Monday, September 19, 2016
Sometimes, in the midst of our storms we forget those around us. We tend to lash out on the ones we love the most. Starting the process of an IUI or dealing with the possibility of infertility, a million things change from day to day. After the medication, after the sleepless nights and unanswered prayers; we tend to lose hope and sometimes fall short of being the person that we once were. This process can change someone and many times, it does.
While my entire blog has been full of IUI and infertility emotions, there’s a major factor in this process that I don’t feel I’ve given much attention too; my wife. We started this journey together and while my body has been taking the physical toll of the effects, she has emotionally taken her amount of tolls as well. Today, when I saw her eyes focusing on the ultrasound screen, listening and taking in every word and mental note as she could, I found great comfort and security reading her facial expressions; It was at this point I realized, she has been dealing with just as much as I had and I felt completely selfish for not acknowledging it sooner. It gets hard to remember at times, that this process involves more than just myself.
I remember plenty of times we’ve tried to conceive, we watched and monitored ovulation and two week wait symptoms; we stared at pregnancy tests hoping for a second line to appear, we went through this hand in hand, time and time again. There was so much anger, so much hurt, so much disappointment and eventually, too much numbness. That’s why we decided to come to terms with what it was, we decided to take it as it comes and move forward with our lives.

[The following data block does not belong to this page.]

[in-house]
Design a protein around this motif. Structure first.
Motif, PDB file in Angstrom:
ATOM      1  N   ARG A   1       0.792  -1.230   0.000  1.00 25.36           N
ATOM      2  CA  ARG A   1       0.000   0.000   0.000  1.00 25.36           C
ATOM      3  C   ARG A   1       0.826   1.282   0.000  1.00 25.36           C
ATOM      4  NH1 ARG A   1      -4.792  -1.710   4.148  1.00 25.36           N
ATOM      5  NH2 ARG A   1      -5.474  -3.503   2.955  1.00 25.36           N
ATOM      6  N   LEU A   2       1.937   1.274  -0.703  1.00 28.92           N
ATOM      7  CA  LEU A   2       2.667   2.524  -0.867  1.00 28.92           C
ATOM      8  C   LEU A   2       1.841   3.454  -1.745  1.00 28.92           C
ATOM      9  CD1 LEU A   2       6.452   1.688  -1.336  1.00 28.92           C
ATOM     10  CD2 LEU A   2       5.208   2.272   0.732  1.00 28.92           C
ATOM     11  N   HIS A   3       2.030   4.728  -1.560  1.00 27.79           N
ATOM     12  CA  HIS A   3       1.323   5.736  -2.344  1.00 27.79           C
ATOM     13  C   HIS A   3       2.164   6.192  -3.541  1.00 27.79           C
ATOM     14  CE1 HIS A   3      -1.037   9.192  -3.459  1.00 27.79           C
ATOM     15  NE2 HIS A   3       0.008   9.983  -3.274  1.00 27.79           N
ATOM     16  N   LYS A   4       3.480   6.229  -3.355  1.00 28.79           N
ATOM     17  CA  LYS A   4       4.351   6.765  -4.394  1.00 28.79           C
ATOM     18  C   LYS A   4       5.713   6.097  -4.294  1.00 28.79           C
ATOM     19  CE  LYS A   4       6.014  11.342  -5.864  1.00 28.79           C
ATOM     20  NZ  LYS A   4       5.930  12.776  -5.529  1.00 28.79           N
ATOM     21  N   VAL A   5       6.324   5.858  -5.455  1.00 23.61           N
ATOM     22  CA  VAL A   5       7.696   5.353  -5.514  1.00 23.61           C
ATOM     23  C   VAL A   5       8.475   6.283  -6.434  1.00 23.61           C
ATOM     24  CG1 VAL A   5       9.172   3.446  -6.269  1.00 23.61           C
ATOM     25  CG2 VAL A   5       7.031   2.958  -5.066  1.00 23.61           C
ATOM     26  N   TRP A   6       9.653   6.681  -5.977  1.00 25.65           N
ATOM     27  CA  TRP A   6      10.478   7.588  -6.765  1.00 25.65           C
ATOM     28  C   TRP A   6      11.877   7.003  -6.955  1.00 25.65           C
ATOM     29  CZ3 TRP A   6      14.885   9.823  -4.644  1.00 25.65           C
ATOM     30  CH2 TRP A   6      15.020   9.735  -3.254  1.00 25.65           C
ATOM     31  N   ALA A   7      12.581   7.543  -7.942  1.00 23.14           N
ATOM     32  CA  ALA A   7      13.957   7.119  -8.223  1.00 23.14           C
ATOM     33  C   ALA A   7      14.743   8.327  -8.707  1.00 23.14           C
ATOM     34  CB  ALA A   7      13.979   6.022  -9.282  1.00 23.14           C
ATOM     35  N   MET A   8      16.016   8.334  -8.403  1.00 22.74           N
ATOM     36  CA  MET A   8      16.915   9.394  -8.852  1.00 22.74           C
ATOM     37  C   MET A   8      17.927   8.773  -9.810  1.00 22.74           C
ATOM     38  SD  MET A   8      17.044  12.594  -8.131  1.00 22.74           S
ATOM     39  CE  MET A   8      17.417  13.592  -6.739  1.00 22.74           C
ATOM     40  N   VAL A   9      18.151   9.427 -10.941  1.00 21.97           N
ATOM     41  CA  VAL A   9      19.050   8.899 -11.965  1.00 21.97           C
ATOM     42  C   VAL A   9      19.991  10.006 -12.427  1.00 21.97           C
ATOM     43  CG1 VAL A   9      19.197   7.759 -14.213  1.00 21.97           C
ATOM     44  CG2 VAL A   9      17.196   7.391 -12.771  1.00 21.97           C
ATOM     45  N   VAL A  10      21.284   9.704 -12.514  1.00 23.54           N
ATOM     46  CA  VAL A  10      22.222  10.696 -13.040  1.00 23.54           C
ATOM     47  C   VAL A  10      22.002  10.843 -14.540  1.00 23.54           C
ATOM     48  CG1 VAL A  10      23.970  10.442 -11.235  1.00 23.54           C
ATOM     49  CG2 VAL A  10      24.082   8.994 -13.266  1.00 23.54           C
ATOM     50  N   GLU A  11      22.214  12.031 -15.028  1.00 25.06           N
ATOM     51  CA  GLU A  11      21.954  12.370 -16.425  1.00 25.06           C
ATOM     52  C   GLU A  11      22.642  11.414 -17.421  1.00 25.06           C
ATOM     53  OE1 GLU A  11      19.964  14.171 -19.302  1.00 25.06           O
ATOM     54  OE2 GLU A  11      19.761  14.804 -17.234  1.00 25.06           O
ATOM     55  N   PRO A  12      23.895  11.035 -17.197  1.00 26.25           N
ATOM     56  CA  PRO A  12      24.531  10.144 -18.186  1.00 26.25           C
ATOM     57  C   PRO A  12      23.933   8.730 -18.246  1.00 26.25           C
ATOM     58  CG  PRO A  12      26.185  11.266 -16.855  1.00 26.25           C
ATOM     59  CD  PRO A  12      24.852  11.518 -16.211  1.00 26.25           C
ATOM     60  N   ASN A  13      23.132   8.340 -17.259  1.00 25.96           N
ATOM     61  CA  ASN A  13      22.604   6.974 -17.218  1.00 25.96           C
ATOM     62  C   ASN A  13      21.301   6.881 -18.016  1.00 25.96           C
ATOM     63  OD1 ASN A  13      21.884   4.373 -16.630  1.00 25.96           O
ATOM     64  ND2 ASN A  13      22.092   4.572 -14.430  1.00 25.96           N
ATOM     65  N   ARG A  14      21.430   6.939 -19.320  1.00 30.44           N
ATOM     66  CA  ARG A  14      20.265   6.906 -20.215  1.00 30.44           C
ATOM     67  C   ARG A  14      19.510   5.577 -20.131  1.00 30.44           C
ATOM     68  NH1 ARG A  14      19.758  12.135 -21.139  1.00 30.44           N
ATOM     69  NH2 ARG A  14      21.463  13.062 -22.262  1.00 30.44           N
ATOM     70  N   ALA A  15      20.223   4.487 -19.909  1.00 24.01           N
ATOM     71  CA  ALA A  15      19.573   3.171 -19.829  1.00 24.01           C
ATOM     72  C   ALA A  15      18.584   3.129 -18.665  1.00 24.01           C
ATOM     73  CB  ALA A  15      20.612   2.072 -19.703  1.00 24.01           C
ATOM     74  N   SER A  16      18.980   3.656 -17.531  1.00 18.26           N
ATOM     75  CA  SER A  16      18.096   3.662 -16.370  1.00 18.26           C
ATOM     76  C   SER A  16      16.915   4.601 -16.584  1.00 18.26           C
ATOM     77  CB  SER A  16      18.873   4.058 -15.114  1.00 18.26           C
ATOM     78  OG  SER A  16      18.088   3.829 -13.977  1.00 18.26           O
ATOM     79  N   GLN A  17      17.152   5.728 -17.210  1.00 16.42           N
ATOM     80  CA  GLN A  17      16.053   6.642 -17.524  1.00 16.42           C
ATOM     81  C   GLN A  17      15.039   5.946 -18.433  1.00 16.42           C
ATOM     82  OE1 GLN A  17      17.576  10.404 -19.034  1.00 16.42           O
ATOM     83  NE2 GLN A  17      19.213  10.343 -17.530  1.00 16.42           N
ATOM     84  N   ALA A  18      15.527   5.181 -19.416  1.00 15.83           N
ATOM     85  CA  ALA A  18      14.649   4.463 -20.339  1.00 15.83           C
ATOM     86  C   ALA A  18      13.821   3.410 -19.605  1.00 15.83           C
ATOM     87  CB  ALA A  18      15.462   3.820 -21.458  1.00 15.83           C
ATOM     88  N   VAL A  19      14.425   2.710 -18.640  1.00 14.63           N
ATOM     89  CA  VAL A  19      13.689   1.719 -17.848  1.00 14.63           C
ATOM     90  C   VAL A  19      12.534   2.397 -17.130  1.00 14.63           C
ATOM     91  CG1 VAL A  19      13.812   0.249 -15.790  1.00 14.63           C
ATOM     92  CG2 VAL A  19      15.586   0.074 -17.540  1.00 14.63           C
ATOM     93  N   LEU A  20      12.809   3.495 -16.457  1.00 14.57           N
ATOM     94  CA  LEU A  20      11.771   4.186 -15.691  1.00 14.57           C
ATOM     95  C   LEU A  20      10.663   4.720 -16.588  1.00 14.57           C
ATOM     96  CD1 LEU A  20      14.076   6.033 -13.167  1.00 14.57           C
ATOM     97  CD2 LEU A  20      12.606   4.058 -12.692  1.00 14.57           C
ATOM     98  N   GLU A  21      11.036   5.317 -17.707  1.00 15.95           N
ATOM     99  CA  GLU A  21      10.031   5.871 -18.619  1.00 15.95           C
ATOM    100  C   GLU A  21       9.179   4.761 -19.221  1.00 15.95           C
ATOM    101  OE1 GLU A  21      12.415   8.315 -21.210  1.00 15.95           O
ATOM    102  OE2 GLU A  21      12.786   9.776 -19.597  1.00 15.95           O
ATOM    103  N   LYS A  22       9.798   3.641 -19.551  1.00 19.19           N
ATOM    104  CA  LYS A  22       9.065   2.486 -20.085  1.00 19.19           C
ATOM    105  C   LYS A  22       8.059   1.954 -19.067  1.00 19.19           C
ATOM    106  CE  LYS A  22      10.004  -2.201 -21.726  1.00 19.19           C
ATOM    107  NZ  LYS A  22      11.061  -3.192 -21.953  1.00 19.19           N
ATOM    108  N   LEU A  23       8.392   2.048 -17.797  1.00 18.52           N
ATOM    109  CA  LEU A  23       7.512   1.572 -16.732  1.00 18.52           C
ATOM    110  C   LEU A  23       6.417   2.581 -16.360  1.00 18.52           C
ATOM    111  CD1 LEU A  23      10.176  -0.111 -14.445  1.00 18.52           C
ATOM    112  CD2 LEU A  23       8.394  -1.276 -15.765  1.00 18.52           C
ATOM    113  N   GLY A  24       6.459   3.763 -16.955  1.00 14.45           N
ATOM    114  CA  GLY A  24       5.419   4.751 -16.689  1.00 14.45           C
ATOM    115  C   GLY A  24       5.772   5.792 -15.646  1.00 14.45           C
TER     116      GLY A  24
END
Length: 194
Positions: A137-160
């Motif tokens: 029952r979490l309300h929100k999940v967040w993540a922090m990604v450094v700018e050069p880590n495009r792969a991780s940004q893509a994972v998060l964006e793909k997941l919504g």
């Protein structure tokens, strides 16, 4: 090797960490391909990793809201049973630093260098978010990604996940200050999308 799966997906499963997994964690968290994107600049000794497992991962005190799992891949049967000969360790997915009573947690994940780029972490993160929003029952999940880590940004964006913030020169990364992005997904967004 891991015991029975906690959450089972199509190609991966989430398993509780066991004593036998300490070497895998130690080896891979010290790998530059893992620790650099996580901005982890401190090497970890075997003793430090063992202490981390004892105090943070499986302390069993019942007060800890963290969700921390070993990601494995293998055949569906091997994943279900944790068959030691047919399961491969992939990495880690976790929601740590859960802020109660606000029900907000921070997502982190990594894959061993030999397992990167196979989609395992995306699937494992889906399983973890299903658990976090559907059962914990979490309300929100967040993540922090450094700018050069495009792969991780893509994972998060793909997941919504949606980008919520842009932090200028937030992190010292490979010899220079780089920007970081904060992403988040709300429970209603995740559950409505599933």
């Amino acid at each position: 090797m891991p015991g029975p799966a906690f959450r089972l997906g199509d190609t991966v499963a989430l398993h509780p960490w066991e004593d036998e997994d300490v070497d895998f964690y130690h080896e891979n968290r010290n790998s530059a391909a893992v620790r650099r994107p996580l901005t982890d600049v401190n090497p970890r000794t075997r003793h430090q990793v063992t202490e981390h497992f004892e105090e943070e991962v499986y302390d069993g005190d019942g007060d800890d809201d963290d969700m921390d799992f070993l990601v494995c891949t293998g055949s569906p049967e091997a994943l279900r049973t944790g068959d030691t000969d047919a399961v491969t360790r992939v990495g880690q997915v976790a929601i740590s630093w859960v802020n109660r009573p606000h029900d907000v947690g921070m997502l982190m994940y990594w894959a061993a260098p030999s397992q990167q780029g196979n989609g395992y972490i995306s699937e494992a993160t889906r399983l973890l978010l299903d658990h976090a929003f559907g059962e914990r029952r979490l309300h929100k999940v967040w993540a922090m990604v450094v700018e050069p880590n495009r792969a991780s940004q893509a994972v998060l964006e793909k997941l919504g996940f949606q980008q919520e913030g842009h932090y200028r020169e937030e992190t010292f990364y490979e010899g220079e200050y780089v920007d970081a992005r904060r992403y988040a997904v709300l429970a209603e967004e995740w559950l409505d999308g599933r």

It wasn’t until the doctor’s visit on July 25th where the doctor asked our plans that we even allowed the thoughts to enter our minds again, it was then I decided I wasn’t going to put her through all of the emotions I felt I subjected her too before, I wanted to deal with it the best I could and keep her from any of my destructive emotions. By doing this, I became obsessed with dealing on my own, but somehow, I still found myself winning and venting about the medication, the side effects and the toll I was beginning to feel. I didn’t acknowledge she was going through it too, regardless of what I tried to keep private.
The truth is, I couldn’t do this without her, none of this. I want this to be our family, I want her to feel just as connected to this as I can and by doing so, I must admit my wrong doings and accept that she is also feeling all kinds of ways. So, I suppose I just hope anyone who may be experiencing a situation similar to ours, keep yourself open to your spouse and never think for a moment that they aren’t going through it with you; even when they become silent, even when they don’t talk about it or when they simply brush off the conversation; everyone deals with emotions differently and the truth is, I am blessed to have such an amazing, strong, patient and caring person by my side along this journey.